A recent tweet from the "Modern Seinfeld" Twitter account, which serves up scenarios as if Jerry, George, Elaine and Kramer were navigating current times, offered a fitting update of the old yada, yada, yada: "When Jerry's GF says he's no fun, he starts using emojis constantly. She dumps him. J:'I was being fun!' E:'Emoji guy is not fun. He's sad.'"
Elaine might not be a fan of emojis (at least not in the Bizarro-world of "Modern Seinfeld"). But Elaine, who once got in trouble for inserting too many exclamation points into a manuscript she was editing, might find something to get excited about this week: the 25th anniversary of the "Seinfeld" pilot.
The whimsical Twitter account based on a show about "nothing" is among the signs of the anti-sitcom sitcom’s enduring popularity all these years later – and suggests that nothing might just last forever.
There's also something oddly comforting about a show in which nothing ever changes. That’s not just in repeats from the program's nine seasons: Whether it’s the “Modern Seinfeld” feed, the mini-“Seinfeld” reunion on show co-creator Larry David’s “Curb Your Enthusiasm” in 2009 or the recent Super Bowl commercial of sorts featuring Jerry and George
back in Monk’s Diner (with an appearance by Newman), there’s a sense we can pick up with these characters anytime, like old friends.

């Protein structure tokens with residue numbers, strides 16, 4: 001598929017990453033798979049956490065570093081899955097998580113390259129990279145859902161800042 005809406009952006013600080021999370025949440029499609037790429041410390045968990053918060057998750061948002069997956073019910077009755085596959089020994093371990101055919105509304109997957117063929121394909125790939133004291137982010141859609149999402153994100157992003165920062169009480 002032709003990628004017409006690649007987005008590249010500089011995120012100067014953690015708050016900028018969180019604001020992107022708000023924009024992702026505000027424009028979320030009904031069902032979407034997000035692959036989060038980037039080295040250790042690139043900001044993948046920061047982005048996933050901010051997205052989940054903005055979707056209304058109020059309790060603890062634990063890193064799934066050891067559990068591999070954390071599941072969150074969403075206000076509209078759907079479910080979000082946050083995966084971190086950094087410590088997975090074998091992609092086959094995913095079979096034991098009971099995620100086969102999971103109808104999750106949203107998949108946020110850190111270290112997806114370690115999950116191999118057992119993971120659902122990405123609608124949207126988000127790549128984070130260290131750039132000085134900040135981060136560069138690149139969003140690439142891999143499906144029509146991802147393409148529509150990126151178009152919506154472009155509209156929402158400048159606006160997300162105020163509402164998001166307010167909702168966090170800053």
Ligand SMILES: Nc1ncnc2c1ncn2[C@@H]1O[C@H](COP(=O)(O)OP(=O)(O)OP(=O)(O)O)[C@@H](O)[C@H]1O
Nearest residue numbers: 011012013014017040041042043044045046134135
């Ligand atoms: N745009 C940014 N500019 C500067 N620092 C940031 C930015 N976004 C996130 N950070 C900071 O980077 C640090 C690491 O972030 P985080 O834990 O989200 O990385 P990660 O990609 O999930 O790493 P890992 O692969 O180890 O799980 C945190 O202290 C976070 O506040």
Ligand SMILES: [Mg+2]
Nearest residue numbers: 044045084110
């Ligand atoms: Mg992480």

That’s notable for a bunch never known for exhibiting friendliness outside their dysfunctional quartet, filled with constant contention and tested by a dubious “contest.” Some 16 years after the final original “Seinfeld” episode aired on NBC, legions still like a program populated by not particularly likeable characters. The show’s topping of a 2012 “60 Minutes”/Vanity Fair poll ranking the best sitcoms
of all time perhaps says something about us fans of the cynical, self-centered crew (not that there’s anything wrong with that).
TBS is marking
the “Seinfeld” birthday by offering a week of the 25 “greatest
” episodes leading up to Saturday’s 25th
anniversary of the pilot for a show initially called “The Seinfeld Chronicles.” The strong lineup includes “Seinfeld” installments that changed the pop-culture vernacular, yielding catchphrases like “sponge-worthy,” “master of my domain” and “No soup for you!”
In keeping with the “Seinfeld” spirit of argumentation, though, there’s opportunity for an airing of the grievances over episodes left off the list. The exclusion of the “Festivus” epic alone is enough to send Frank Costanza screaming for “Serenity, now!”
But for most fans, the anniversary celebration is like Festivus in July. “Seinfeld,” after all, is the re-gifter that keeps on giving.
Jere Hester is founding director of the award-winning, multi-media NYCity News Service at the City University of New York Graduate School of Journalism. He is also the author of "Raising a Beatle Baby: How John, Paul, George and Ringo Helped us Come Together as a Family." Follow him on Twitter.
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